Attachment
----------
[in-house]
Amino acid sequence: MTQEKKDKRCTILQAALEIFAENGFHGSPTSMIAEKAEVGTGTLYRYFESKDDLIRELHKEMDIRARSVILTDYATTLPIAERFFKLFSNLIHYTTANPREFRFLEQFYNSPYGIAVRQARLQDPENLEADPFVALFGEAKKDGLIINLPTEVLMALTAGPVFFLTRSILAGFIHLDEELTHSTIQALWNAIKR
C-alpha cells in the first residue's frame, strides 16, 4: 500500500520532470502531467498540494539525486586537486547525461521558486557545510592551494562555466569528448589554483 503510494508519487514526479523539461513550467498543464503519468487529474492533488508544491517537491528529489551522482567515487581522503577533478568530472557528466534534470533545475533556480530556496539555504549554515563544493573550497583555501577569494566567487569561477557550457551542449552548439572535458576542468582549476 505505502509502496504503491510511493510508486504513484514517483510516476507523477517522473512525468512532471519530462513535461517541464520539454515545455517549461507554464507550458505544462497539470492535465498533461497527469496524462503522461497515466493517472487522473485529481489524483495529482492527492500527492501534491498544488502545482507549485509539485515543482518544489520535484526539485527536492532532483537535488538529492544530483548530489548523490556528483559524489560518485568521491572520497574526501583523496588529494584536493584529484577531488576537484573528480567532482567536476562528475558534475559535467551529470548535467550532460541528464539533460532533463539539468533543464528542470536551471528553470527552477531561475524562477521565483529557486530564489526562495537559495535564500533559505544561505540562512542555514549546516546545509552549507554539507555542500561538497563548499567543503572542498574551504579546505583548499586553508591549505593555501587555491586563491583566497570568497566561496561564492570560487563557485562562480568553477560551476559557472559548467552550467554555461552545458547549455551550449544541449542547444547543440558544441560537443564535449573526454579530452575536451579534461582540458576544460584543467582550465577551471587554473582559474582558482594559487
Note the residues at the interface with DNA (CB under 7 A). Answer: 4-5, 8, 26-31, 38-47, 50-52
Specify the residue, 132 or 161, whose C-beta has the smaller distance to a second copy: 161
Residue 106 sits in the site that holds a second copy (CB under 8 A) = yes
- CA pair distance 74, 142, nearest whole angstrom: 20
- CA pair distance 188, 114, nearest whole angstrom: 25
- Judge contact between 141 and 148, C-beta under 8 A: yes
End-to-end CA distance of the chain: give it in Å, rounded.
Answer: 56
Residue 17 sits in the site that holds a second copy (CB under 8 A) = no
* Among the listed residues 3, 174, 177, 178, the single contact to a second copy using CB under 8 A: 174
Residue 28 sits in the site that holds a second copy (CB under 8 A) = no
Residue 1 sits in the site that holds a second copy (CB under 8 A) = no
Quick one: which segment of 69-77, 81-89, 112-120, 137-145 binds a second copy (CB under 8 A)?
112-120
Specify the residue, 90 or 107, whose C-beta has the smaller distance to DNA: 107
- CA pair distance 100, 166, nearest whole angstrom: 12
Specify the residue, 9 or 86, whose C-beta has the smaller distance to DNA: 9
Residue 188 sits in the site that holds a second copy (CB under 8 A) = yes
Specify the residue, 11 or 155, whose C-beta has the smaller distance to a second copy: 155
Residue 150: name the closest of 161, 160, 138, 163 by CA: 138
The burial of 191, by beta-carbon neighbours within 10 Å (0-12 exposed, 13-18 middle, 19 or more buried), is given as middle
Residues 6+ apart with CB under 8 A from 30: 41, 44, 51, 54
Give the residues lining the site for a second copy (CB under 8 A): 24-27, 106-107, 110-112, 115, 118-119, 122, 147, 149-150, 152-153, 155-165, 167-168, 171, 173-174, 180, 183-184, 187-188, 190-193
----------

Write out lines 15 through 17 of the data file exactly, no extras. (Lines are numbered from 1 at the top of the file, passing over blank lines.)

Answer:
Residue 1 sits in the site that holds a second copy (CB under 8 A) = no
Quick one: which segment of 69-77, 81-89, 112-120, 137-145 binds a second copy (CB under 8 A)?
112-120